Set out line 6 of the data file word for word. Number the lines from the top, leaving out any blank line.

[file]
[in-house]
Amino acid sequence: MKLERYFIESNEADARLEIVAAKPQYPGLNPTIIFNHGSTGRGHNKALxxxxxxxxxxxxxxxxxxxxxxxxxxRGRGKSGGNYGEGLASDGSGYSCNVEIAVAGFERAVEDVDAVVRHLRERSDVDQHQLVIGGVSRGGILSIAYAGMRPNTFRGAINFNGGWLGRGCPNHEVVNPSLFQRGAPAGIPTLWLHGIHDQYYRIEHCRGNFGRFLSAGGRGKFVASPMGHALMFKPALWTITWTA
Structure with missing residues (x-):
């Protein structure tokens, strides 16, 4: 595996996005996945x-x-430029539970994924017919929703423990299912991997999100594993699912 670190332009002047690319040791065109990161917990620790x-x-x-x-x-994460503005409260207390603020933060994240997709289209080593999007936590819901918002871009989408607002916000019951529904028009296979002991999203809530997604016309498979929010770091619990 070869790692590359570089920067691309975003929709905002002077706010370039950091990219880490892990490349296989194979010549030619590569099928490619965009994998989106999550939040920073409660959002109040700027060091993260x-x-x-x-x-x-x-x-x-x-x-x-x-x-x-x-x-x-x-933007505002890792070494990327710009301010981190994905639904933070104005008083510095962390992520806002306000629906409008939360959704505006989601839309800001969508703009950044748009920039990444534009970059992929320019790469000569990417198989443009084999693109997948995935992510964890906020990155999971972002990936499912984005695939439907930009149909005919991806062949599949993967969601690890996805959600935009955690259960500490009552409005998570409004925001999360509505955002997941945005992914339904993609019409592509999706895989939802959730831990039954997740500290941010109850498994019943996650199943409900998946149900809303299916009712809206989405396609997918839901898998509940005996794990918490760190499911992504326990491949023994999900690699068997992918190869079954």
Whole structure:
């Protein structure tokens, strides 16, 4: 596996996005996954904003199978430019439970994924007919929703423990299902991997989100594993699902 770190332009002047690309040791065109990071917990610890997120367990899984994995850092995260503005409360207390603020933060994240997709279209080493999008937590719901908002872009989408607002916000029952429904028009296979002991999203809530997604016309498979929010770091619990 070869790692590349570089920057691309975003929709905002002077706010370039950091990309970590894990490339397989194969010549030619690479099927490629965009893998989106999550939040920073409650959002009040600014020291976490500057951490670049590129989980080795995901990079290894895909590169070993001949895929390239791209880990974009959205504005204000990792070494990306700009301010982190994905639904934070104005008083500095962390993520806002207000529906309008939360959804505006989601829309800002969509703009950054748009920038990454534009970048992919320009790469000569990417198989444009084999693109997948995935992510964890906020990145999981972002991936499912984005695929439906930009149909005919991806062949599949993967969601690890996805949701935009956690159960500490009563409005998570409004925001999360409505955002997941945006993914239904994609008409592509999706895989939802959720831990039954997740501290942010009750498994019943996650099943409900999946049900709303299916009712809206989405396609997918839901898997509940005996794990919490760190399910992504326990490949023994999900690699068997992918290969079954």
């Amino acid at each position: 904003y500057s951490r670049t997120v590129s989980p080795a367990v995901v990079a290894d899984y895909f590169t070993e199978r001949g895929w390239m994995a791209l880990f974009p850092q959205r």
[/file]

């Protein structure tokens, strides 16, 4: 596996996005996954904003199978430019439970994924007919929703423990299902991997989100594993699902 770190332009002047690309040791065109990071917990610890997120367990899984994995850092995260503005409360207390603020933060994240997709279209080493999008937590719901908002872009989408607002916000029952429904028009296979002991999203809530997604016309498979929010770091619990 070869790692590349570089920057691309975003929709905002002077706010370039950091990309970590894990490339397989194969010549030619690479099927490629965009893998989106999550939040920073409650959002009040600014020291976490500057951490670049590129989980080795995901990079290894895909590169070993001949895929390239791209880990974009959205504005204000990792070494990306700009301010982190994905639904934070104005008083500095962390993520806002207000529906309008939360959804505006989601829309800002969509703009950054748009920038990454534009970048992919320009790469000569990417198989444009084999693109997948995935992510964890906020990145999981972002991936499912984005695929439906930009149909005919991806062949599949993967969601690890996805949701935009956690159960500490009563409005998570409004925001999360409505955002997941945006993914239904994609008409592509999706895989939802959720831990039954997740501290942010009750498994019943996650099943409900999946049900709303299916009712809206989405396609997918839901898997509940005996794990919490760190399910992504326990490949023994999900690699068997992918290969079954």